Mark McDonald was automatically entitled to receive a “resettlement grant” of a quarter of his £29,083 ministerial salary despite admitting that he caused a woman “considerable distress”.
As a result, according to reports, the Aberdeen Donside MSP was given £7,270 from the Scottish Government for quitting as childcare minister after 18 months in post.
It is understood the sum of money was due to be paid 90 days after his resignation, which was accepted on November 4, 104 days ago.
Under the Scottish Parliamentary Pensions Act of 2009, all ministers receive a severance grant of at least 25 per cent of their additional ministerial salary when they leave their post to help them adjust to life after serving in office.
Regardless of how the time served ended, if it was scandal or ill-health, MSPs remain entitled to the payment, however, this has now been called for review by some appauled at the revelation.
Conservative MSP Alexander Burnett told the Herald that the payment to Mr McDonald was “clearly wrong” given the specifics of the case, and Holyrood should consider redrafting the legislation.
He said: “It’s important we look at these processes again to ensure this isn’t repeated.
“The public view of the parliament as a whole would worsen otherwise.”
Commenting, Labour MSP Rhoda Grant said: “This is unacceptable. It cannot be right that a minister who has resigned in such circumstances has effectively received a bonus from the taxpayer.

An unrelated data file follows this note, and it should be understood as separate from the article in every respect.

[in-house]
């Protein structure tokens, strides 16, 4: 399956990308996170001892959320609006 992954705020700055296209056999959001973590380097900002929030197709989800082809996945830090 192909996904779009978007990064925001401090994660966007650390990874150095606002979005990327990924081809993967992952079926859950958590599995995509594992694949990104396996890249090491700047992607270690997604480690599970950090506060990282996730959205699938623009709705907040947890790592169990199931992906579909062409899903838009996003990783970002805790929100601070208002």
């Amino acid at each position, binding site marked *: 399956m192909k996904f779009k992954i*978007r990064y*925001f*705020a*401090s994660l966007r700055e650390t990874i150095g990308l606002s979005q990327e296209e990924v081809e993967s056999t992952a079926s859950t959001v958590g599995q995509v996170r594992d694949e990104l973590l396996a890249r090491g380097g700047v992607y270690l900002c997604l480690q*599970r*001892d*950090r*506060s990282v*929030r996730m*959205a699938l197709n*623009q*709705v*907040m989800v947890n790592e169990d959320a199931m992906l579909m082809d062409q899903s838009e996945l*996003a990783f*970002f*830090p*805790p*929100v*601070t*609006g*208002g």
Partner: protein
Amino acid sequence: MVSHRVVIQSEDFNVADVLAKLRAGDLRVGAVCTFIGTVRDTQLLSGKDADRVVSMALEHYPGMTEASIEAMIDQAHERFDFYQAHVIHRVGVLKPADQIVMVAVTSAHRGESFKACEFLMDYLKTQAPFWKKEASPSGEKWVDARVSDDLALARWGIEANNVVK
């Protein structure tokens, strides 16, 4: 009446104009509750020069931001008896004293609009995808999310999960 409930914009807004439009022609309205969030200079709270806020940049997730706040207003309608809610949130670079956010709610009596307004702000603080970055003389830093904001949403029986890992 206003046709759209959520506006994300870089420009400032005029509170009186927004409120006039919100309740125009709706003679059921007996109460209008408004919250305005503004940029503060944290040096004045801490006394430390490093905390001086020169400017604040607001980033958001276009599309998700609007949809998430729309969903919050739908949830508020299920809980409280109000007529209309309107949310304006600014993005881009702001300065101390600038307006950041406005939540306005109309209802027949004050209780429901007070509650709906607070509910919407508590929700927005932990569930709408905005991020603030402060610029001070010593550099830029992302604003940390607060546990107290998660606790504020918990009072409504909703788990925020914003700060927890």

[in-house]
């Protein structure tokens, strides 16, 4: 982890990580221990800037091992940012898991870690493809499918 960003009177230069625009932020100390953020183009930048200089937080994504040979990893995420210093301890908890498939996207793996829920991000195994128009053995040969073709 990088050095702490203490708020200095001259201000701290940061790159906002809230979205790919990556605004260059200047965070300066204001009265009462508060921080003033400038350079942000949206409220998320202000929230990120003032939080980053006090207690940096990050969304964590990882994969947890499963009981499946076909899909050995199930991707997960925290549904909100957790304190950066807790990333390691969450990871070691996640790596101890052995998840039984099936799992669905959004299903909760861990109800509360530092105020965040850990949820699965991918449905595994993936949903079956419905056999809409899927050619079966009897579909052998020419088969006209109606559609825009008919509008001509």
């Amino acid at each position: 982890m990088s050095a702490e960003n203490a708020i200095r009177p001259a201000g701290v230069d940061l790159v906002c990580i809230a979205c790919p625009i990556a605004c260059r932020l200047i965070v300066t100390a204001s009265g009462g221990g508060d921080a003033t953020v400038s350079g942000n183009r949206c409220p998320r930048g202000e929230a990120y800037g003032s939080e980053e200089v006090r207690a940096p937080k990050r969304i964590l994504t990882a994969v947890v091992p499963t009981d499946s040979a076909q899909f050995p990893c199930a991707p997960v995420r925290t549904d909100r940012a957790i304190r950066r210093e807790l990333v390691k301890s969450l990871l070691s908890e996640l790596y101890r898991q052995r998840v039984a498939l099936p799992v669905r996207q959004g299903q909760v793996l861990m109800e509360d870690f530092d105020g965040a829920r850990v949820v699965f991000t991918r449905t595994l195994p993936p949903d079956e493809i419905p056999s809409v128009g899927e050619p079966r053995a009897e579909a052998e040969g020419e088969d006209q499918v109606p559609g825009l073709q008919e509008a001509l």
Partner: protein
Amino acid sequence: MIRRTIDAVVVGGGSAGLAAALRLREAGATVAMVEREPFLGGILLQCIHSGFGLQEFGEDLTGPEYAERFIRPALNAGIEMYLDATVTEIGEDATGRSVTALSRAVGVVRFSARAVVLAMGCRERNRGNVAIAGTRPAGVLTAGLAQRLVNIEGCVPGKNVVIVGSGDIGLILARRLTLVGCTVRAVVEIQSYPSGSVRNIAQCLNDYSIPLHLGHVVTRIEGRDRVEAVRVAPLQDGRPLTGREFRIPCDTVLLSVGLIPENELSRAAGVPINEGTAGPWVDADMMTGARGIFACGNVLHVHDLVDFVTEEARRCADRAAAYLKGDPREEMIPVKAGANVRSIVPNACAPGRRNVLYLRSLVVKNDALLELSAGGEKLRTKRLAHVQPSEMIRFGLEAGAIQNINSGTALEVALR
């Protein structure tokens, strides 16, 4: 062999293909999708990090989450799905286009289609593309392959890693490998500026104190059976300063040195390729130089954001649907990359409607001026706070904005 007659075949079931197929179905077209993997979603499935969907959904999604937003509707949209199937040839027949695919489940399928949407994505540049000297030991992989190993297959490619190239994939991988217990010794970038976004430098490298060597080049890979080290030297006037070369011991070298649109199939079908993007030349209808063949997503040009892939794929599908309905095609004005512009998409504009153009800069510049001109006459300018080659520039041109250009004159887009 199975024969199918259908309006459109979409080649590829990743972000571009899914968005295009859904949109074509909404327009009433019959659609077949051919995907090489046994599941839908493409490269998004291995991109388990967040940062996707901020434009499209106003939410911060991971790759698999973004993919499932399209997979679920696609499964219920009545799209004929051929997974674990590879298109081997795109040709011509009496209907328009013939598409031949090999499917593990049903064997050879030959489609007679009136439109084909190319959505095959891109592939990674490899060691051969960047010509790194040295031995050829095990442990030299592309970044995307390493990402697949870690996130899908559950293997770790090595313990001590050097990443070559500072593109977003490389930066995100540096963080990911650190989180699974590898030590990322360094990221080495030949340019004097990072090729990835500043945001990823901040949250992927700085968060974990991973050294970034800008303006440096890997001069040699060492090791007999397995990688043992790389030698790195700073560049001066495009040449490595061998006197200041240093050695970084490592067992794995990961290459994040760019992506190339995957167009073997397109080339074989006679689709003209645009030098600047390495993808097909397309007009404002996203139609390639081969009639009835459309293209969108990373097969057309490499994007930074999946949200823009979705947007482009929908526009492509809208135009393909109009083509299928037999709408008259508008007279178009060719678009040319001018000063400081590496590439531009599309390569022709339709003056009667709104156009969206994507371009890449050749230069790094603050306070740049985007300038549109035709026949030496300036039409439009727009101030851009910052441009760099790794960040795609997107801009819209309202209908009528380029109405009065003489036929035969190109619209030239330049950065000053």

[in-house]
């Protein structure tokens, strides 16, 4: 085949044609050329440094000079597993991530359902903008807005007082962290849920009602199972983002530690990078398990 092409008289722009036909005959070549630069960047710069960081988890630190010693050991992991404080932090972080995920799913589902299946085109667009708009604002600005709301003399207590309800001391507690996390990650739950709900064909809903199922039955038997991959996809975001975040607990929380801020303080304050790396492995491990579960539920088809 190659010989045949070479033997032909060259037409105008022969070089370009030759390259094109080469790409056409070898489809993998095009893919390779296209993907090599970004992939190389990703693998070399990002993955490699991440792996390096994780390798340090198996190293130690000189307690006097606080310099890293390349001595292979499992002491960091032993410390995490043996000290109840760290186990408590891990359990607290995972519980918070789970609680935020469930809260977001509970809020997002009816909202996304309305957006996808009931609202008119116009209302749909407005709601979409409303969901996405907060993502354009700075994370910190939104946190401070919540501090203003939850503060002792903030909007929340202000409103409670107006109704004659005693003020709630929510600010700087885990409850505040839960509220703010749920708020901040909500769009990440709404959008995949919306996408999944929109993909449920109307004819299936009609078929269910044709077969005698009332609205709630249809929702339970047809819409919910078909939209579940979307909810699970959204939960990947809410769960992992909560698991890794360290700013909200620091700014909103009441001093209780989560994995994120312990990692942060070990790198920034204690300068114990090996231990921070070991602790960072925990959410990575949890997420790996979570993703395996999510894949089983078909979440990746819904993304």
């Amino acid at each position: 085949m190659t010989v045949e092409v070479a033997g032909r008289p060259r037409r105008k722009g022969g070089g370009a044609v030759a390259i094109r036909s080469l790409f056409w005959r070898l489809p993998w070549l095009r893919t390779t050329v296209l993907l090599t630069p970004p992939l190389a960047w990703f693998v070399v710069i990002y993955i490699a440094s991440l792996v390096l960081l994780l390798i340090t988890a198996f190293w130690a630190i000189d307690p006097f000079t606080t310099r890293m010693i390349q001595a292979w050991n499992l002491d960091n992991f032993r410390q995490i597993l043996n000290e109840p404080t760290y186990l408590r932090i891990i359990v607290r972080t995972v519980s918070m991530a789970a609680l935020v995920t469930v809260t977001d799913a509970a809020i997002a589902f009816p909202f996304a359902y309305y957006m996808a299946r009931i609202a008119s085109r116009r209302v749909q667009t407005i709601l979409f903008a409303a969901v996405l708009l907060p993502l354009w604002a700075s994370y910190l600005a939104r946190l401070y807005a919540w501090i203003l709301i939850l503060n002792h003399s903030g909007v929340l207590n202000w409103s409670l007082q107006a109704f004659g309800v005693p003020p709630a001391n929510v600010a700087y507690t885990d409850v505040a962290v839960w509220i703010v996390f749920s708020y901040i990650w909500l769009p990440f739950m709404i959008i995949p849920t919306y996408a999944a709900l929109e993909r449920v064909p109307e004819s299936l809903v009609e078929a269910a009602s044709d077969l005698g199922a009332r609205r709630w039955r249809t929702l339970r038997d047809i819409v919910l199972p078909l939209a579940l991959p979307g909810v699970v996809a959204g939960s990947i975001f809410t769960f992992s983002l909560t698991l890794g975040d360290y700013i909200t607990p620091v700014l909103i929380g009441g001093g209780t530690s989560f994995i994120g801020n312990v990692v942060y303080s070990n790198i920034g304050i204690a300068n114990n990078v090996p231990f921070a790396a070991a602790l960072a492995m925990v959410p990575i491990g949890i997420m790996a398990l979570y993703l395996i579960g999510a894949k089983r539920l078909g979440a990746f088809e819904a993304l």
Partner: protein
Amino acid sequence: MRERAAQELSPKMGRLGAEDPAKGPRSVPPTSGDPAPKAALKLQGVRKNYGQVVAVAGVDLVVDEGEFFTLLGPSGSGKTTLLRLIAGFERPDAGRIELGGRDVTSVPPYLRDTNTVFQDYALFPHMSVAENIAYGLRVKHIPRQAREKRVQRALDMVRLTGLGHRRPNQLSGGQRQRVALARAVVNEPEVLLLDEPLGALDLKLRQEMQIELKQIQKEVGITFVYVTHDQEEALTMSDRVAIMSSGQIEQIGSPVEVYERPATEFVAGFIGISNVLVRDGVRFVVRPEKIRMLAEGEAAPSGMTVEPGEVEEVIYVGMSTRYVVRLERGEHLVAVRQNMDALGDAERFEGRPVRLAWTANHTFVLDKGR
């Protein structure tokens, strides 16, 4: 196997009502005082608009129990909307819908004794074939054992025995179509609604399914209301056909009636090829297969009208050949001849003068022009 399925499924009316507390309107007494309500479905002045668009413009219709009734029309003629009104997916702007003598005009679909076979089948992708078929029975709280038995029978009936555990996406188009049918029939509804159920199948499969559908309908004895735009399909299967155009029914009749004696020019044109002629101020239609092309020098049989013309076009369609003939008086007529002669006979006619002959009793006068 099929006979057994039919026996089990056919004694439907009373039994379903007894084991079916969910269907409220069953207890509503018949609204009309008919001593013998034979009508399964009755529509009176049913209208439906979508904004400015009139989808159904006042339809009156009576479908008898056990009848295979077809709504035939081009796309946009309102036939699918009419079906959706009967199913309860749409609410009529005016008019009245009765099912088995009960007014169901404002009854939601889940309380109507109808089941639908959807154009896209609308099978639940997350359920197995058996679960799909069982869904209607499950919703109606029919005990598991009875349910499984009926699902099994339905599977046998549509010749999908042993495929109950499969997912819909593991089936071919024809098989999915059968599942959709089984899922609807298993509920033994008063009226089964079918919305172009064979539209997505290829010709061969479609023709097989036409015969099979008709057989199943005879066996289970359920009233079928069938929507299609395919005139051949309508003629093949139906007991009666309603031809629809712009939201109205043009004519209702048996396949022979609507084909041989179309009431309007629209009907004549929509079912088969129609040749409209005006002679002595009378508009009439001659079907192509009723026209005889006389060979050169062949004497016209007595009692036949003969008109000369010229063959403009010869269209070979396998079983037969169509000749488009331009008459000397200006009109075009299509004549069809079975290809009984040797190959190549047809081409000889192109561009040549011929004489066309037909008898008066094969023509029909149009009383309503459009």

“If Mark McDonald has received this money, he must immediately return it or donate it to a charity such as Women’s Aid. The Scottish Parliament must also urgently review the law which allows this money to be given and appropriately reform it to avoid such circumstances in the future.”
Mark McDonald resigned as minister for childcare and early years after a woman formally complained to the SNP about his conduct.
While apologising for his “inappropriate” behaviour he admitted that he had caused “considerable distress and upset” after it emerged a suggestive text had been involved.
Following a second allegation. he was later suspended by the SNP, which has since been criticised for its investigation into his conduct with Humza Yousaf admitting that the inquiry was “perhaps taking more time than it should”.
The SNP and Mr McDonald declined to comment on the payment.
A Holyrood spokesperson said: “Any change to the Scottish Parliamentary Pensions Act 2009 would ultimately be a matter for all MSPs.”